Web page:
NEW YORK/PARIS Activist investor Nelson Peltz has taken a stake of roughly 1 percent in Danone (DANO.PA) and said that the French food group is undervalued and should implement cost cuts and other measures to boost its stock price.
The billionaire American's investment company Trian Fund Management LP believes that Danone's stock has the potential to rise more than 60 percent to 78 euros ($99.49) by the end of 2014 and said it expects to engage in "constructive dialogue" with management.
Danone, the world's largest yoghurt maker, is expected to post an operating margin of only 14.1 percent this year, below those of other large food companies, Trian said in a statement on Wednesday.
"Trian believes Danone's shares currently trade at a significant discount to intrinsic value and that targeted strategies to improve performance, such as a leaner cost structure and refraining from dilutive mergers, could generate significant shareholder value," it said.
Danone's operating margin over the past 12 months stands at 13.6 percent, behind larger rival Nestle's NESN.VX 14.8 percent, though slightly ahead of Unilever's (ULVR.L) 13.4 percent, Thomson Reuters data shows.
Shares in Danone, which is due to start a three-day long "investor seminar" next Wednesday, were up 1.8 percent at 1254 GMT but have moved little so far this year, underperforming the sector's .SX3P 18 percent gain.
Danone could use the investor presentations as a forum to deepen its 500 million euro ($638 million) annual "productivity gains" programme to between 700 million and 800 million euros, said MainFirst Bank analyst Alain Oberhuber, adding that its troubled Spain operations could be ripe for the kind of cost cuts Peltz is seeking.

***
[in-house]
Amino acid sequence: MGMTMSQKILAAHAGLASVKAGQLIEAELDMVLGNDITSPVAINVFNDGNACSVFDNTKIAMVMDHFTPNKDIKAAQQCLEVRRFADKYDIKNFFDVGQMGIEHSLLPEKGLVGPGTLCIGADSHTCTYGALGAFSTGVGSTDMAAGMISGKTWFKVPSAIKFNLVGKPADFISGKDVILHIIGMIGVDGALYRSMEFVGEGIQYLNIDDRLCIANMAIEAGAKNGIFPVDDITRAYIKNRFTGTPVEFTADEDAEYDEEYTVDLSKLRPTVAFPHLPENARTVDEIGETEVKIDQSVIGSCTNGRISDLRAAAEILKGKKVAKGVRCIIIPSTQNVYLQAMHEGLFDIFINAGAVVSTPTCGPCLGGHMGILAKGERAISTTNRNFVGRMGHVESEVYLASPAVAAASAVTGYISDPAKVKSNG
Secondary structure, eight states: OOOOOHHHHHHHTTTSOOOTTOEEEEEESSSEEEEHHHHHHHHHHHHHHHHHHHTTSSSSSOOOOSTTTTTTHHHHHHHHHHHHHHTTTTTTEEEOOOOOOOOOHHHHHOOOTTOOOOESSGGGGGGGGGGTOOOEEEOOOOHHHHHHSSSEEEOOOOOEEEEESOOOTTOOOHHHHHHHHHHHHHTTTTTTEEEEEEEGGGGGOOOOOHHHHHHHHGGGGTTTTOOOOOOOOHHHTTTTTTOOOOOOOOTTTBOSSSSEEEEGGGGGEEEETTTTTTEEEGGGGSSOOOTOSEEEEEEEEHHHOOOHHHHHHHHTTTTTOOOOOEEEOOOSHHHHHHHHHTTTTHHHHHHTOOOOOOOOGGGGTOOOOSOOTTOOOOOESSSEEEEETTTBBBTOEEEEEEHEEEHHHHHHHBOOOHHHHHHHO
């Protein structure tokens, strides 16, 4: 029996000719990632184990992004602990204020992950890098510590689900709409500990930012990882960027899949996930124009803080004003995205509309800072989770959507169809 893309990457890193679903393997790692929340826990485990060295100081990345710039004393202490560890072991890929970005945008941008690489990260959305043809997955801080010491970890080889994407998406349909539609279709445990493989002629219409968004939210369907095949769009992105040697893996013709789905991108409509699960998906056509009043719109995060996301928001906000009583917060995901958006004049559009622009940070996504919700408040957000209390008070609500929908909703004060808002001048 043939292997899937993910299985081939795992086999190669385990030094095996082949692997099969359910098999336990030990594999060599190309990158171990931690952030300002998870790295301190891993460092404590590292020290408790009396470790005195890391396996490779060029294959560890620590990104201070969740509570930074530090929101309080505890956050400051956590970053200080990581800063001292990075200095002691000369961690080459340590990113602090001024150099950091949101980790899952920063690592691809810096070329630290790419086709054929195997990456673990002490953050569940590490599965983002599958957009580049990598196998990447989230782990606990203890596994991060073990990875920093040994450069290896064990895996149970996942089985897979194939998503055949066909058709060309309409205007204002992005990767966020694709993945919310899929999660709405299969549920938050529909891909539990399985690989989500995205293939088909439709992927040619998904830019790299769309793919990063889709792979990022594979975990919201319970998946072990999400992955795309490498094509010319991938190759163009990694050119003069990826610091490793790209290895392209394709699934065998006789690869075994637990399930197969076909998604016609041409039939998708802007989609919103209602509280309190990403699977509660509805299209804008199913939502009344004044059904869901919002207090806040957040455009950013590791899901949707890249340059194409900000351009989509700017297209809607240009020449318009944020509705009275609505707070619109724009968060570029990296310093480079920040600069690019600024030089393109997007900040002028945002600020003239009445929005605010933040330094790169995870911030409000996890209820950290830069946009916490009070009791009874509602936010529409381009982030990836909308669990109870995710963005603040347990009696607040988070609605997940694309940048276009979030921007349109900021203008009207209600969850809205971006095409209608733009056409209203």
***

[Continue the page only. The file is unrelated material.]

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Activities such as procurement, distribution, real estate and human resources, many of which are managed on a separate basis out of Spain, could be much more centralized to boost efficiency, Oberhuber said.
"Danone still remains very decentralized," he said, comparing its efficiency unfavorably with Nestle and Unilever.
The company, which issued a surprise profit warning in June because of stalled growth at its core dairy division, declined to react to Peltz's move for a second day. It merely repeated its contention that it had not been informed by Peltz or his fund that he had crossed the threshold of 0.5 percent of Danone's stock.
Peltz, who often tackles management at companies he considers undervalued or poorly managed, said that the Danone management, led by Chief Executive Franck Riboud, has "run Danone well", transforming it into one of the best-positioned portfolios in the large-cap food sector.
With its exposure to high-growth categories such as yoghurt, bottled water and infant nutrition, as well as its strong presence in emerging markets, Danone's shares should trade at a premium, Trian said.
Instead, Danone is fetching a stock market valuation in line with slower-growing U.S. competitors, such as Campbell Soup (CPB.N) and General Mills Inc (GIS.N), the investment firm said.
"Danone has been criticized for not doing any big-bang restructuring in western Europe or publicly talking about large layoffs, in contrast to other companies, such as Unilever (ULVR.L), and this could be a trigger for more aggressive action," Kepler Capital Markets analyst Jon Cox said.
In recent months Peltz has revealed stakes in companies ranging from InterContinental Hotels Group (IHG.L) and PepsiCo (PEP.N) to Heinz HNZ.N and Ingersoll Rand (IR.N) in an effort to push for changes.
Peltz is also famous for being instrumental in the break-up of Britain's Cadbury, building a stake in Cadbury Schweppes and pushing it into a decision to demerge in 2007. After the split, Cadbury was taken over by Kraft in 2010. ($1 = 0.7840 euros)
(Additional reporting by Noelle Menella in Paris; Editing by Gary Hill and David Goodman)
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